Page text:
“It’s a huge digital marketing channel here, let’s face it. It’s not just about art. It’s about engagement and conversion and retention of customers and a customer experience that’s fun and engaging. Even Starbucks is dabbling with reward programs that might be Web 3.0 blockchain-based. I think the initial tenets and promise of blockchain, as it relates to immutability and engagement, and royalties downstream and all that stuff, is still very viable now that we’re past this PFP craze.”
It’s unclear at this stage exactly what the next iteration of NFTs in the larger blockchain arena will look like, but that doesn’t mean it’s not coming. To hear Richard Entrup tell it, in fact, it may very well already be under way, even if many of us may not be entirely aware of it just yet.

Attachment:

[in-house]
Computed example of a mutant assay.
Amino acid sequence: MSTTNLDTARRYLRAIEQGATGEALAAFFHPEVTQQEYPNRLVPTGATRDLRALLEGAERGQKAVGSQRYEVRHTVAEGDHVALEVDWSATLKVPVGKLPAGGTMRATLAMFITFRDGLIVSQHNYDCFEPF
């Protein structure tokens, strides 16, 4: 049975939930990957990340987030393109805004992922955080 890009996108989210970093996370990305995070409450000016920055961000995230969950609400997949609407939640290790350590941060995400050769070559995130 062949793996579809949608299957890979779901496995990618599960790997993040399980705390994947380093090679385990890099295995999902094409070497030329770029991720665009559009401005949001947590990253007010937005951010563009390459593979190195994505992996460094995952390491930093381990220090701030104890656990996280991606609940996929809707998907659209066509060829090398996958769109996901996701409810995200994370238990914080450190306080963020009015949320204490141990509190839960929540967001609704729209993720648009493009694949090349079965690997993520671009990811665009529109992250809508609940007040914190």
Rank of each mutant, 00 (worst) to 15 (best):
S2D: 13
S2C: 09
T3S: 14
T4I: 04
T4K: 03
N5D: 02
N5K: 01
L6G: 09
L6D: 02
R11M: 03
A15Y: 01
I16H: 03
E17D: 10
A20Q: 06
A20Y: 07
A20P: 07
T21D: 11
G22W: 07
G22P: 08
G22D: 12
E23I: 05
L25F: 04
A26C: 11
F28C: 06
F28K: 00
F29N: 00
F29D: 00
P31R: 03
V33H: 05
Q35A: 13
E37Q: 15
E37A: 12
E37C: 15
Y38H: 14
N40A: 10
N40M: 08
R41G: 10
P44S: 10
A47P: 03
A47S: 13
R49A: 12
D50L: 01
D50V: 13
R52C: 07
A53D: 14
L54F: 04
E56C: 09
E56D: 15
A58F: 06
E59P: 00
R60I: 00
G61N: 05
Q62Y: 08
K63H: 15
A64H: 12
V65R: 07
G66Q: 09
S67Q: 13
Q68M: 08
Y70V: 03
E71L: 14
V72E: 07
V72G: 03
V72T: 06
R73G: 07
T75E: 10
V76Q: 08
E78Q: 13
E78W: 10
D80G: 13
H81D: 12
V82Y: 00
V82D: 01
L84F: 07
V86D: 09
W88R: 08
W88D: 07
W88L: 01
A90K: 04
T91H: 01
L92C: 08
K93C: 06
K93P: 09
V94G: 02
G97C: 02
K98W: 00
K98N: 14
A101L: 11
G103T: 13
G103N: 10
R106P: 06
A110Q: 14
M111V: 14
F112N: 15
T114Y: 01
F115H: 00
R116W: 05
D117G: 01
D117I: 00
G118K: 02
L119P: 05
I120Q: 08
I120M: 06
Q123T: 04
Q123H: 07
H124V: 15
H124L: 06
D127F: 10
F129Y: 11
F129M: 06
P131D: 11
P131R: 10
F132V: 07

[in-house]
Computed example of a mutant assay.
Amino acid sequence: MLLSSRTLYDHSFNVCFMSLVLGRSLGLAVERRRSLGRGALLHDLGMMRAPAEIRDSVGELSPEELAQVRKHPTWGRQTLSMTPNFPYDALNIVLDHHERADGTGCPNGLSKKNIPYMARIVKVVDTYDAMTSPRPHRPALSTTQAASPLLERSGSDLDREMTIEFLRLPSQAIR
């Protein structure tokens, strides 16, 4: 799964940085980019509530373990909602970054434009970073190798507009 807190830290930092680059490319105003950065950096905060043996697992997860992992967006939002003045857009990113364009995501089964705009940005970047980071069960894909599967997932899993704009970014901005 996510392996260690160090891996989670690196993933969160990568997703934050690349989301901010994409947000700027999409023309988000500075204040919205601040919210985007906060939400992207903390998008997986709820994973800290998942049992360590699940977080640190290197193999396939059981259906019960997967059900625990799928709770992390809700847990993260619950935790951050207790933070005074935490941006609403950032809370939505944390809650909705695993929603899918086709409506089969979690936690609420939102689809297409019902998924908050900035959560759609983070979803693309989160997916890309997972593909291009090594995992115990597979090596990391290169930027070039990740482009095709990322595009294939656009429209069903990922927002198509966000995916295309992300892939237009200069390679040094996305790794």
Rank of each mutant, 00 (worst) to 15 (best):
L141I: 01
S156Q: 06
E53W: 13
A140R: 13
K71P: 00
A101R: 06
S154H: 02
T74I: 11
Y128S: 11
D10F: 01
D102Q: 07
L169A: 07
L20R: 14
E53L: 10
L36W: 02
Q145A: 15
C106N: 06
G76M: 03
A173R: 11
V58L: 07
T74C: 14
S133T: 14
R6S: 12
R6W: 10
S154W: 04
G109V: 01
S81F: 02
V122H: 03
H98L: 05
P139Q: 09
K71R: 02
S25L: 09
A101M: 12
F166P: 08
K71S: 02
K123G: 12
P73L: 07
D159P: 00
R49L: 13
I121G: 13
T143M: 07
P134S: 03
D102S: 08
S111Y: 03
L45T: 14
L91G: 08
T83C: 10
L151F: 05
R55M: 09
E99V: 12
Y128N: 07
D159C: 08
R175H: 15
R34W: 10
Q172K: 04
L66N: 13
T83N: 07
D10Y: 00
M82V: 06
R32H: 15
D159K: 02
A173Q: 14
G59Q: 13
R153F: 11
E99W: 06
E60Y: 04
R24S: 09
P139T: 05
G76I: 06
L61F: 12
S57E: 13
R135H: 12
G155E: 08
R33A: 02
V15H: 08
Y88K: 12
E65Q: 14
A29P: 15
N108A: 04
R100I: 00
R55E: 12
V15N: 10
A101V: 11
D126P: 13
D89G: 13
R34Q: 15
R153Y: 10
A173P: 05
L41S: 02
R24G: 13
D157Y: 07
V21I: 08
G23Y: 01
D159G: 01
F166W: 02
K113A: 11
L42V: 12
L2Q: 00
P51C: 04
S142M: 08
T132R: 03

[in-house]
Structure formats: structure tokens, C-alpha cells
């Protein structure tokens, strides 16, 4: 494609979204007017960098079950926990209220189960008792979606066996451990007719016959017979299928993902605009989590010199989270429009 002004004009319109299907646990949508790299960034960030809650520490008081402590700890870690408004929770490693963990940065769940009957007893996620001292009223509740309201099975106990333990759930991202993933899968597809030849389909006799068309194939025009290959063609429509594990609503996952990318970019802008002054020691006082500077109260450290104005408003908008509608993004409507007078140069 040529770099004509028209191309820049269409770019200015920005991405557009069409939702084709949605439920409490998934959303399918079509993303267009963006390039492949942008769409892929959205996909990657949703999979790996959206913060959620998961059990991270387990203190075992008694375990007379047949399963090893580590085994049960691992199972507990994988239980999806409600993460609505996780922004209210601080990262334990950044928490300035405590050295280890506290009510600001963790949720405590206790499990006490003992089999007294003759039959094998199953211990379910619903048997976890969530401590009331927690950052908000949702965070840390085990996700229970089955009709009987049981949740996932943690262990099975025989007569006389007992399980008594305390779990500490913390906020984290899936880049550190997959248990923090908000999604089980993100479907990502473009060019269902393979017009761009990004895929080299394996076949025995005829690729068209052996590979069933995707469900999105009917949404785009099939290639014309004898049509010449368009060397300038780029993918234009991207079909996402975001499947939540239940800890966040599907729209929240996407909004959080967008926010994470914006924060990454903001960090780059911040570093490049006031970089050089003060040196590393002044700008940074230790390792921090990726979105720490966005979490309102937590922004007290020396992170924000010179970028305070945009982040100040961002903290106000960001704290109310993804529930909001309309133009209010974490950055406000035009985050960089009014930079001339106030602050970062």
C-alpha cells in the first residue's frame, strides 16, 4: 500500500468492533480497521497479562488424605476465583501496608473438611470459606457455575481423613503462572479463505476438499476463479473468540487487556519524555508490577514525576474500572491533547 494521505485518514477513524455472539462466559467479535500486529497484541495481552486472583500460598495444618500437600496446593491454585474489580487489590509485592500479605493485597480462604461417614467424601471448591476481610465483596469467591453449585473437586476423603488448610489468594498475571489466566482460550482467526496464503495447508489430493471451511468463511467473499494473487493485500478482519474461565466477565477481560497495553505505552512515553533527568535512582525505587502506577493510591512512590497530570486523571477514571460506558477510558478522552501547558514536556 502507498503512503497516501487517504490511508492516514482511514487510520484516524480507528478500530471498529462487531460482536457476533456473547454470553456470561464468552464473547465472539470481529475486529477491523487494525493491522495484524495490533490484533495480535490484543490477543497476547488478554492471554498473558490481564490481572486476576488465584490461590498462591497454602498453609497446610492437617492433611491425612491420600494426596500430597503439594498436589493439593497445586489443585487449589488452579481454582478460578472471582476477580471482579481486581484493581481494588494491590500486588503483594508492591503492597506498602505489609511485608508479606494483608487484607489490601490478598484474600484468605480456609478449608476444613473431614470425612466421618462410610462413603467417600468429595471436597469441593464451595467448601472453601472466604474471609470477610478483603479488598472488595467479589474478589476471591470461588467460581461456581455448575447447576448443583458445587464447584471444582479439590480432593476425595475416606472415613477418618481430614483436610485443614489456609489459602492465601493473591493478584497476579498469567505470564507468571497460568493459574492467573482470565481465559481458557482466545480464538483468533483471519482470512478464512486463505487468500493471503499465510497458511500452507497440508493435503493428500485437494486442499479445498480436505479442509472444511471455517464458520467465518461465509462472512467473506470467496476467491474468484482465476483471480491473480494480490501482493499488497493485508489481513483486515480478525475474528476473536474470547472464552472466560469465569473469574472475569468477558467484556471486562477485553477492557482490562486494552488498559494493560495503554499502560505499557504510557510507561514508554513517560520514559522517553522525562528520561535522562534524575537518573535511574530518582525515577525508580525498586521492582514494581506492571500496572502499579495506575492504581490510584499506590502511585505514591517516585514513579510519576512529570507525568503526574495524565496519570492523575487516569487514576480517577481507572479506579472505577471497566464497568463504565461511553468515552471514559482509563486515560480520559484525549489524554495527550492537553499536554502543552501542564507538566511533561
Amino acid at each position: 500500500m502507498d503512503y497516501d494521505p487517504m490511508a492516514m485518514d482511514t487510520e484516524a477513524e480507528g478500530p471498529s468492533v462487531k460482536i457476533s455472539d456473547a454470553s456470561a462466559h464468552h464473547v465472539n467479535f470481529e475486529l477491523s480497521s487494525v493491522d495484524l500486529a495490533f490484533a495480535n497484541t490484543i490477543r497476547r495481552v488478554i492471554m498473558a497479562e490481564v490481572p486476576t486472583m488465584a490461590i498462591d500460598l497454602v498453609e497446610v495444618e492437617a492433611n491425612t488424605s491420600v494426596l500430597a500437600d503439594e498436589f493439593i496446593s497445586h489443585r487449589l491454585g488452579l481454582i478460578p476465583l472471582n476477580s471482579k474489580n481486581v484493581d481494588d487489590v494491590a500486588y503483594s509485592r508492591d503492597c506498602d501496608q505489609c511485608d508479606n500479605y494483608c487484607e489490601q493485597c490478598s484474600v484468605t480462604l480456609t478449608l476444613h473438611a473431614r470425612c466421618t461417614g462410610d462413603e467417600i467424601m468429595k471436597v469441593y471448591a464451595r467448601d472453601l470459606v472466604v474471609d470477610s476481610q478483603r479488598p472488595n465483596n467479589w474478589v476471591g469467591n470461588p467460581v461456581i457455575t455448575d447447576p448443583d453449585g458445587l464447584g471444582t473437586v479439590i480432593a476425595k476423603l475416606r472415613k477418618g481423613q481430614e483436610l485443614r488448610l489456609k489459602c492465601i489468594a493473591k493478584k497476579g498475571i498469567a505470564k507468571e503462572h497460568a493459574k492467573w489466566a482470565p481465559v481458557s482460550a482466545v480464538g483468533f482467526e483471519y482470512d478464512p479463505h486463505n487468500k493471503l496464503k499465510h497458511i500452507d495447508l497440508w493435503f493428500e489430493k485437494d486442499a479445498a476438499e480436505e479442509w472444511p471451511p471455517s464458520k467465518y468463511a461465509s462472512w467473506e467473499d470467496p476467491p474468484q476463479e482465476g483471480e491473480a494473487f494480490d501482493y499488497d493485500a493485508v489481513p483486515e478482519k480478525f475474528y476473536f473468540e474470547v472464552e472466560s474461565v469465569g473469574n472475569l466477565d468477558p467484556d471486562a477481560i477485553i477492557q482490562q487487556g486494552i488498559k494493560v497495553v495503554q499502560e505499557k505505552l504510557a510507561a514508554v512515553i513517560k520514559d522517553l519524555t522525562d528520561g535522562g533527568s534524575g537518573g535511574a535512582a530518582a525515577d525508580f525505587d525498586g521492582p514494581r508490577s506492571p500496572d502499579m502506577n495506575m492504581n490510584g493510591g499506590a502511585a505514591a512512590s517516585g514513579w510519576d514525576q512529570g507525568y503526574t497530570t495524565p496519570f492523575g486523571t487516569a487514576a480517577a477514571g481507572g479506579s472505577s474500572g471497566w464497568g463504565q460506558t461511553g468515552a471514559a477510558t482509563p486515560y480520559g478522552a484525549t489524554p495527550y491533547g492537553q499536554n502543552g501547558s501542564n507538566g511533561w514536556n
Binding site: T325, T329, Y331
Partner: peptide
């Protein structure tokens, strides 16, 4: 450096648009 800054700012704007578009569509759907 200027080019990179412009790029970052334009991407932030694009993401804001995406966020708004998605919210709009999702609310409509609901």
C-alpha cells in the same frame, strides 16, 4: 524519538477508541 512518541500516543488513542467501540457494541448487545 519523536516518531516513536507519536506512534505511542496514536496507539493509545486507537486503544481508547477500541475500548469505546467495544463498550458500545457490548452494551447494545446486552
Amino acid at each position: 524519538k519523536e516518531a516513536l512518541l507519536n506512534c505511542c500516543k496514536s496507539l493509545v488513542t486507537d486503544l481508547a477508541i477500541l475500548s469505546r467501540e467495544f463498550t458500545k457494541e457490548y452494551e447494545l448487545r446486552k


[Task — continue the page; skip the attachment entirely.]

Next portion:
As the world rolls on toward the Web 3.0-driven digital future to come, big changes are afoot. Although the global NFT boom appears to have cooled down, a more sustainable economy has emerged from its ashes — one founded on top-notch artists and their stunning works, collectors who appreciate the intrinsic value NFTs have to offer, and a very real for brands to build upon the progress that has been created. Although this reality may not be obvious to the public at large just yet, there are folks like Richard Entrup who can envision the potential in this burgeoning space moving forward, and a key role for Tezos within it. And if that’s not something for this community to get excited about, I don’t know what is!